The Khas Mahal which consisted of three sections served as the Mughal Emperors’ private residence inside the Red Fort. It has its own ornamental pool and a beautiful garden in the Charbagh style
The Red Fort of Agra – A Vision in Stone
Diwan-i-Am and the large courtyard
The Macchi Bhavan and Diwan-i-Khas
The Agra Fort is a masterpiece of medieval architecture, reminiscent of a great legacy. Its visually stunning marble and red sandstone palaces, mosques and pavilions reveal the incomparable aesthetic sentiment of the Mughals and the architectural representations of their royal life, art and culture.
All the historical forts around the world are filled with stories and memories that give life to the stones that make up their physical structure. The Agra Fort in India holds this type of history behind its doors, in its walls, and all the way down to its firm foundations. In order to understand the architectural aesthetics of this fort, an exploration of its history helps. A millennium ago, the Agra Fort had a different name. It was attacked and occupied in 1080 by the ruling governor of Hind, Mahmud Shah, according to the historical writings of the 11th century poet Salman.
Front view of the Red Fort in Agra and the main entrance. The gigantic red sandstone walls and ramparts of the fort were once equipped with canons and bow & arrows © isaray / Shutterstock
Time passed and the Sultan of Delhi adopted Agra as his capital city from 1487 to 1517. It flourished as a center of culture and knowledge. Badalgarh Fort was built in eight years by order of Raja Badal Singh on the same plot of land. Sikandar Lodi’s death in December 1517 began a nine-year reign by his son, Ibrahim Lodi, who oversaw the addition of a palace from 1518 to 1526 on the same property.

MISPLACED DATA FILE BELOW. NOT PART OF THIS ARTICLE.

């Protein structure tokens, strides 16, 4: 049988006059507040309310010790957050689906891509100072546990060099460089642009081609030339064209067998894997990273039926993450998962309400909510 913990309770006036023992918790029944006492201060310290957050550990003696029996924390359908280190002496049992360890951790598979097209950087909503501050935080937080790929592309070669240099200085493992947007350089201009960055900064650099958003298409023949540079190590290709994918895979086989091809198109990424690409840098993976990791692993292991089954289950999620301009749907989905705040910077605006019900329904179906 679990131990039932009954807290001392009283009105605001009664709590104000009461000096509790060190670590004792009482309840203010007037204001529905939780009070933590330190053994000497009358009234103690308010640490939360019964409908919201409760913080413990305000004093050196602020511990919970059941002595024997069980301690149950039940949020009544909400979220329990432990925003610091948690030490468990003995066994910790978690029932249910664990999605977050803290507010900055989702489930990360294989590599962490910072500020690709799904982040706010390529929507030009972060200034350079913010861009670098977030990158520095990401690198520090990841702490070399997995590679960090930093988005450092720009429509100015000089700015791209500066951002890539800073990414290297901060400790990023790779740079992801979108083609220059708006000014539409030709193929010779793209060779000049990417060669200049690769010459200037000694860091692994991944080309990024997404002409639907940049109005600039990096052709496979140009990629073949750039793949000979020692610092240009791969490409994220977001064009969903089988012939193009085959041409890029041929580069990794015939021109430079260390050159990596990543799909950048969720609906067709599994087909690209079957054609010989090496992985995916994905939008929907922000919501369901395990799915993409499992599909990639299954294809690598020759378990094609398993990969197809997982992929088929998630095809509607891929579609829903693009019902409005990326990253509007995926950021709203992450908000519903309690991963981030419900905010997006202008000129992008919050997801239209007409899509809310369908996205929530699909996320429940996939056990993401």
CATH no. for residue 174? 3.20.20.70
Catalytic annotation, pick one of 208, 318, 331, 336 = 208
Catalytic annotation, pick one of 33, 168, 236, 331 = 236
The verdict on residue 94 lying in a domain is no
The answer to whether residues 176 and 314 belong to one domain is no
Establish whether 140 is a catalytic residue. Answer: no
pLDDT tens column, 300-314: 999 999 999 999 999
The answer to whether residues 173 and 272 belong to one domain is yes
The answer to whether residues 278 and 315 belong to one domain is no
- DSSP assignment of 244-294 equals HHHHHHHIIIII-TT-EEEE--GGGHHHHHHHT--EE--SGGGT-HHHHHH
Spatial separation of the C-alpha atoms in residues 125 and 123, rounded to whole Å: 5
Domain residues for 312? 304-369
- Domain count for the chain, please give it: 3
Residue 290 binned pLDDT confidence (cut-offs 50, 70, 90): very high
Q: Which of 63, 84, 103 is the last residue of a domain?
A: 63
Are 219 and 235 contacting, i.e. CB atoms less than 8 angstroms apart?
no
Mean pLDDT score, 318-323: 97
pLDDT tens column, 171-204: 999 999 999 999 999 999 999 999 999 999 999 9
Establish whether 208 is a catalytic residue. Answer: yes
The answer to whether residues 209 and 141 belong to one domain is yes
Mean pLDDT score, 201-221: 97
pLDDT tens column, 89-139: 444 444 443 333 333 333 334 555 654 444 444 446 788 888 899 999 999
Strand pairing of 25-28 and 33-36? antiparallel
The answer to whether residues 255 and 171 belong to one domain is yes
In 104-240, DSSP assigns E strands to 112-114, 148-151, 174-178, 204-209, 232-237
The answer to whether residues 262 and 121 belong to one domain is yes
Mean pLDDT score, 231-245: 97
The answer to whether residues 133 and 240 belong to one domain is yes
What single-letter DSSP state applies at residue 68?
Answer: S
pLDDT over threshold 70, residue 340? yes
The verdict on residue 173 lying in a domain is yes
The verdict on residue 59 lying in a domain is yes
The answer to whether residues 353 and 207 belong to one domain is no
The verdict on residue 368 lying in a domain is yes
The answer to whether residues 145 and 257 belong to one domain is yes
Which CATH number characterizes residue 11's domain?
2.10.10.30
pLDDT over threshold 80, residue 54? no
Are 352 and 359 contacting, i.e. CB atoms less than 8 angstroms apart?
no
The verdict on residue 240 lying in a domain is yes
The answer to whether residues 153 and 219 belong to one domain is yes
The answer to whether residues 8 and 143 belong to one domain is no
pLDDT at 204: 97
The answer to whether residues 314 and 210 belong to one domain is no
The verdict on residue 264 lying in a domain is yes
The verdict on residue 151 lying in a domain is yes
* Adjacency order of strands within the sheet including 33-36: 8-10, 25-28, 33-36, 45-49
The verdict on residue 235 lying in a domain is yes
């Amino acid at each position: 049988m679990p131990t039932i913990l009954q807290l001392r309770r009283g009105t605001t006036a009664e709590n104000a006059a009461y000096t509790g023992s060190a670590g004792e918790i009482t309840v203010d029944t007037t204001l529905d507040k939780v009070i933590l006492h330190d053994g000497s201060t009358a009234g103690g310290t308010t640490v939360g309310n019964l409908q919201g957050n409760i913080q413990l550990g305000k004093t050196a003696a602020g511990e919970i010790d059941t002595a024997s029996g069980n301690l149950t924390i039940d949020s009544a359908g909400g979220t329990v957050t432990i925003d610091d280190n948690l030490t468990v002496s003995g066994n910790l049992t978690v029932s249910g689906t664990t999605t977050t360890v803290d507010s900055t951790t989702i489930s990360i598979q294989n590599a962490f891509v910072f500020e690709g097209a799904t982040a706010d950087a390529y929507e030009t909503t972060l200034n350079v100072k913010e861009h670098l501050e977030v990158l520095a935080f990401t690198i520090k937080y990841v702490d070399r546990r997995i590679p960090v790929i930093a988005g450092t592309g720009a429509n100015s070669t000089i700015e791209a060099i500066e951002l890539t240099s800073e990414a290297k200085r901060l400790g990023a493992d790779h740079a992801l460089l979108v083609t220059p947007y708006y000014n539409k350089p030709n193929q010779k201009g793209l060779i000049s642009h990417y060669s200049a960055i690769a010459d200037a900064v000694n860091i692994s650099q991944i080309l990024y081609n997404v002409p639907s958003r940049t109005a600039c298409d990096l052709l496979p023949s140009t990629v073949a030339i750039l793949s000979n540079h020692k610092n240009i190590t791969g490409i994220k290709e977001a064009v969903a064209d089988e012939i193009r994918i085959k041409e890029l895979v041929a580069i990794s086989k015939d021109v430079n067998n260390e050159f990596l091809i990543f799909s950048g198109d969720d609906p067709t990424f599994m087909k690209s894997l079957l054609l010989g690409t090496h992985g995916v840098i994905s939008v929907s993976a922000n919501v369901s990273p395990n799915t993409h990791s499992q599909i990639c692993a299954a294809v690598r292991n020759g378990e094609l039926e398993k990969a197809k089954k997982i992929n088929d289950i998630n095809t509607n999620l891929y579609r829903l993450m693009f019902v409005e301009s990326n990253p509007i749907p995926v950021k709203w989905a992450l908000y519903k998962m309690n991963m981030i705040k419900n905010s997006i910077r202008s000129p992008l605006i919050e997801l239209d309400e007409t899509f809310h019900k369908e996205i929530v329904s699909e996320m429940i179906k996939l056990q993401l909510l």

The year they finished the palace, Babur invaded India and won many battles against Ibrahim Lodi in Panipat. The foreign army conquered and occupied the fort at Agra, killed the Raja of Gwalior, and imprisoned his family. Babur’s son, Humayun, took over as leader at the fort, laying claim to the treasures hidden behind its walls. A collection of rare and wondrous gems including the ‘Koh-i-Noor’ diamond fell into his possession. In 1527, Babur ordered the building of a three-story stepwell, or baoli. Visitors can still see it today. The fort changed hands again in 1540 when the Sur dynasty’s Sher Shah defeated Humayun at Bilgram, but he only held it for five years before it was attacked yet again.
For over 200 years a 2km/1.9-mile-long moat surrounding the fort safe- guarded it from hostile invasions © Julian52000 / Shutterstock
In 1556 the Mughal army came to the region to wage a second battle. Iskandar Khan successfully held the fort until Akbar arrived in 1558. He then transformed the occupied fort into the Mughal Empire’s capital city and the Dar’ul Khilafat. To fully stake his claim, he also changed the name of the city to Akbarabad. For almost 100 years, this new capital was free from battles and bloodshed. It flourished and grew throughout the medieval period to become a grand power in that part of the world.
Its long and embattled past left its scars on the buildings so Akbar orchestrated a complete tear-down of the Badalgarh Fort in 1565. The overseer of buildings, Muhammad Qasim Khan, planned and supervised the design and construction of a new fort in the same location. Artisans and architects from faraway places like Bengal and Gujarat came to help with the design and fulfill Akbar’s vision. For eight years 3000 builders, masons, and laborers toiled to bring it to fruition. Within the fortress walls, a collection of palaces, residences, mosques, gardens, pavilions, and hammams were built. They worked with dressed red sandstone, an unusual choice as it had never been used in such a massive architectural landmark project before. The culmination of this massive project resulted in an unsurpassed masterpiece of Mughal architecture.